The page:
Universiteit Leiden

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Nature and wild animals in Africa and Indonesia

Leiden University investigates biodiversity not only in the Netherlands, but also abroad, with the goal of improving global nature conservation. We do so in collaboration with local universities. Education is also high on our agenda.

Large predators

In many places people share their habitat with large predators, which can sometimes cause problems. Not that there are many attacks on humans, but their livestock are targeted. ‘In Leiden we do a lot of research on this type of human-wildlife conflict,’ explains De Snoo. ‘We try to discover what factors influence it – both biological and socio-economic ones.’ Such research results in clues on how to avoid this type of conflict. In this context Leiden carries out studies of wolves in Ethiopia, tigers in Nepal and lions in Africa; the research on lions in particular has been going on for many years.

In Kenya, lions leave Nairobi National Park at night and break through the fences put up by cattle breeders. They kill more cattle than they eat. As a result, many lions are killed out of revenge. ‘One of the things we’re investigating is ways of scaring lions off,’ explains Francis Lesilau, a Leiden PhD student from Kenya. ‘Flashing lights seem to be quite effective. As a result, lions only dare hunt cattle during the day. And then they are much less likely to be successful, especially when a shepherd is guarding the herds.’ His project has a strong social component. ‘There are all kinds of challenges,’ he explains. ‘The flashbulbs are expensive, and they tend to work only when they’re used by all farmers. This means that we need support from local organisations.’ And guarding herds during the day is difficult. Traditionally, it has been a job for children, but they go to school nowadays. Lesilau: ‘We need a new social system, with older people guarding the animals. And people have to learn to value lions again. Information and education are key.’

The south side of Nairobi National Park is unfenced. This was never a problem because there was a vast savanna between the park and the city outskirts. Due to the enormous population growth, houses and industry are encroaching on the park, so that lions leaving the park are almost immediately among the houses and farms.

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The basis of this research was laid by the then 13-year-old Richard Turere who observed that flashlights deterred lions from attacking his family's cattle. View his inspiring TED talk:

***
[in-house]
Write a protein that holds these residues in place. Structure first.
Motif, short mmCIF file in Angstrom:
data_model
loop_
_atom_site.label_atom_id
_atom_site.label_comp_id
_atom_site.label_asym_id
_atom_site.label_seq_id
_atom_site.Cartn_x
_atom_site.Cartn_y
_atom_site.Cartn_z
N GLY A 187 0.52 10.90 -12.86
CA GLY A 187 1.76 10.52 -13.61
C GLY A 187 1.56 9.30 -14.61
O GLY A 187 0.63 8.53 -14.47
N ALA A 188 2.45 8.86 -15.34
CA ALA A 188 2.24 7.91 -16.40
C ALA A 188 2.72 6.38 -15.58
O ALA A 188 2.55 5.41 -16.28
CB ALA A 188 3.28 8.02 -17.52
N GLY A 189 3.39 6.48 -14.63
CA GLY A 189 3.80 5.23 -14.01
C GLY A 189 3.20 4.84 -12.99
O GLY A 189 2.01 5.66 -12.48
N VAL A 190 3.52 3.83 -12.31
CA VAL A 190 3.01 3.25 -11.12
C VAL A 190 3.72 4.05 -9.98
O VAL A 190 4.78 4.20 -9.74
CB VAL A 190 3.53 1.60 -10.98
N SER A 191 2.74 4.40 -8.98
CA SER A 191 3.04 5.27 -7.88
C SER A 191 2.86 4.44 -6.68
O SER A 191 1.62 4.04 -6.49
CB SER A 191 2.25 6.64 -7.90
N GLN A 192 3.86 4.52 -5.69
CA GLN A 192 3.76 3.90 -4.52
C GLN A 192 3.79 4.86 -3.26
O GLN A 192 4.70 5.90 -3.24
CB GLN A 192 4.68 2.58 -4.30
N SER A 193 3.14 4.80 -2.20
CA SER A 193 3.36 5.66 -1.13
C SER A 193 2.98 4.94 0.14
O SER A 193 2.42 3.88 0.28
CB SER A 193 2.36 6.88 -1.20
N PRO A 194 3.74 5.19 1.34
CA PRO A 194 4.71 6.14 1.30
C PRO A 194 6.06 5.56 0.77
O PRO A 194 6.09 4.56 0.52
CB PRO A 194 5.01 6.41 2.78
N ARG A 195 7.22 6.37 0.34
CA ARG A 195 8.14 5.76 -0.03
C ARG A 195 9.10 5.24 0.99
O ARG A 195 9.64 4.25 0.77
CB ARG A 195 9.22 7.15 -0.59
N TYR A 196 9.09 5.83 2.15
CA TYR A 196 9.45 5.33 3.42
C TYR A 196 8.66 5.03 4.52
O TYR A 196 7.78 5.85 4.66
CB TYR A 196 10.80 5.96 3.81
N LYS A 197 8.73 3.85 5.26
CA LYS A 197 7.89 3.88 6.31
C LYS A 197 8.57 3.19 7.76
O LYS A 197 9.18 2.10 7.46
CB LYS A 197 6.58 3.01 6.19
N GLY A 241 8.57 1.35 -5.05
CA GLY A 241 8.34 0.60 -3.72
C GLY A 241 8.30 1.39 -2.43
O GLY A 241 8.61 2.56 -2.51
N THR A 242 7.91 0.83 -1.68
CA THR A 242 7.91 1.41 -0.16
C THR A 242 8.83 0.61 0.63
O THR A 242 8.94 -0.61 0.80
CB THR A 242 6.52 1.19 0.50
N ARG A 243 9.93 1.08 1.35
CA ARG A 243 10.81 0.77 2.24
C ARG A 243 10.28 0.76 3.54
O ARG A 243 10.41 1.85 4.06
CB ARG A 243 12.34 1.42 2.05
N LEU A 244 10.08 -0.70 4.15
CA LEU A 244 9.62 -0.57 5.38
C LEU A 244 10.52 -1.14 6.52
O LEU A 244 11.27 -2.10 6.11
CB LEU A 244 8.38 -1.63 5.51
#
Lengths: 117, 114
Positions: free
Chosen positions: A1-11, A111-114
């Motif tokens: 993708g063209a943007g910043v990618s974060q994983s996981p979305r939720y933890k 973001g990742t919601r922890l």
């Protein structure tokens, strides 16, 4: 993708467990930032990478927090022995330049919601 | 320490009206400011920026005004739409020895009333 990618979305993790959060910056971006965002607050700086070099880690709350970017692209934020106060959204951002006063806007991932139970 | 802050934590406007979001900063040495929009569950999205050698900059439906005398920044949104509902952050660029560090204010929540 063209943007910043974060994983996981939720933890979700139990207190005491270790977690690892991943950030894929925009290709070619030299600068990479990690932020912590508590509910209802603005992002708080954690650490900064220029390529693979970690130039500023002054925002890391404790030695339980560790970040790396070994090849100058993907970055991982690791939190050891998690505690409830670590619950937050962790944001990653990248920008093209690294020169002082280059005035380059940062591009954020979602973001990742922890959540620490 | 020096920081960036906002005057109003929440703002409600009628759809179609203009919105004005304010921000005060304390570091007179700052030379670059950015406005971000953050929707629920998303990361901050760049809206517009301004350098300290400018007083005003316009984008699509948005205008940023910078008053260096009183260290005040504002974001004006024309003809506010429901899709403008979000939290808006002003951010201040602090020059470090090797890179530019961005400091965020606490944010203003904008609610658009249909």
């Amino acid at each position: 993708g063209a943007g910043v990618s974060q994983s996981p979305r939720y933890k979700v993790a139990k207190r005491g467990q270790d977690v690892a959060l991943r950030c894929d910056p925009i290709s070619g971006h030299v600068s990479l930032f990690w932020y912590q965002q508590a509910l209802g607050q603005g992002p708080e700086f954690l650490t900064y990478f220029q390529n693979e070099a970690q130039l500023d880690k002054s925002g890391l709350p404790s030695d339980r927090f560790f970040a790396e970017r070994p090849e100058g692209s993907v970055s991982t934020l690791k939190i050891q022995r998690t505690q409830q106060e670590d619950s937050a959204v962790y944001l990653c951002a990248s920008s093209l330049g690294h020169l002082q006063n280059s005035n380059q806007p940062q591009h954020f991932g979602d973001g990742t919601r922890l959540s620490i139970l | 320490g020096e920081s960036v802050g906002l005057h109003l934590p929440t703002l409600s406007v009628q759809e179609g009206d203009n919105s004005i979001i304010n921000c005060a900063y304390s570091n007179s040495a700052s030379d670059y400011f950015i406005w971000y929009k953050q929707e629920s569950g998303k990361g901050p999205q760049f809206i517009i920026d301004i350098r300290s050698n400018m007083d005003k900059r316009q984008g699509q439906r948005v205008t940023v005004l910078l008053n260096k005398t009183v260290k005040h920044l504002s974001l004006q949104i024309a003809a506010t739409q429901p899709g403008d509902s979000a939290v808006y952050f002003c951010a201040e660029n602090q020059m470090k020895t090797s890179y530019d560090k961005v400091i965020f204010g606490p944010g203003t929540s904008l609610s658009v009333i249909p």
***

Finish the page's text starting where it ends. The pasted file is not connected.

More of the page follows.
Research project 'Human-lion conflict around Nairobi National Park'


Leiden University has always maintained close relations with a number of universities in Indonesia. We conduct joint research and supervise one another’s PhD students, in particular in the field of biosciences and sustainability. For example, an Indonesian biologist recently completed his dissertation in Leiden on the restoration of areas of sea grass along the coast. And a Leiden legal expert worked on improving the enforcement of Indonesian environmental regulations in Djakarta.

‘This collaboration is valuable for all parties,’ explains Geert de Snoo, Professor of Conservation Biology, who has been closely involved in establishing the Leiden-Indonesia partnership. ‘Combining expertise generates a lot of knowledge that is immediately applicable in nature management.’ As an example, he mentions the research on forest elephants on Kalimantan that sometimes damage palm oil plantations. ‘You can only prevent it by understanding how and where forest elephants live, how many there are and what factors determine their choice of food,’ De Snoo explains.

Sustainable forest management

Together with an Indonesian university, Leiden researchers are investigating the effect of sustainable forest management on Kalimantan. Does the system of sustainably produced wood, such as the Forest Stewardship Council (FSC) quality label, work in practice? What aspects are effective and where do the challenges lie? ‘There has been a lot of criticism of certification schemes,’ De Snoo says, ‘but their effect on biodiversity has hardly been studied at all. And this is precisely what our biologists are doing. It seems that areas with more sustainable forest management really do promote biodiversity, in particular of plants and birds.’ Together with local organisations, the researchers are developing ways to improve forest management.

Winter school

In 2017 Leiden and Indonesian students jointly followed a winter school programme on Java. This course formed part of the Leiden University interdisciplinary minor on Sustainable Development. Through lectures and field work, students were introduced to tropical biodiversity in Indonesia and the principles of sustainable development. ‘We are now working on a follow-up together with Naturalis, this time in the marine area,’ says Peter van Bodegom, Professor of Environmental Biology and coordinator of the winter school. ‘This time we’re focusing on topics such as mangroves and corals.’ This kind of joint winter school not only teaches students a lot in terms of content, he emphasises, but also culturally. ‘It’s an experience for life.’

At the winter school 12 Leiden and 12 Indonesian students work together on a research project.

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Dutch ambassador in Indonesia Rob Swartbol about the winter school.
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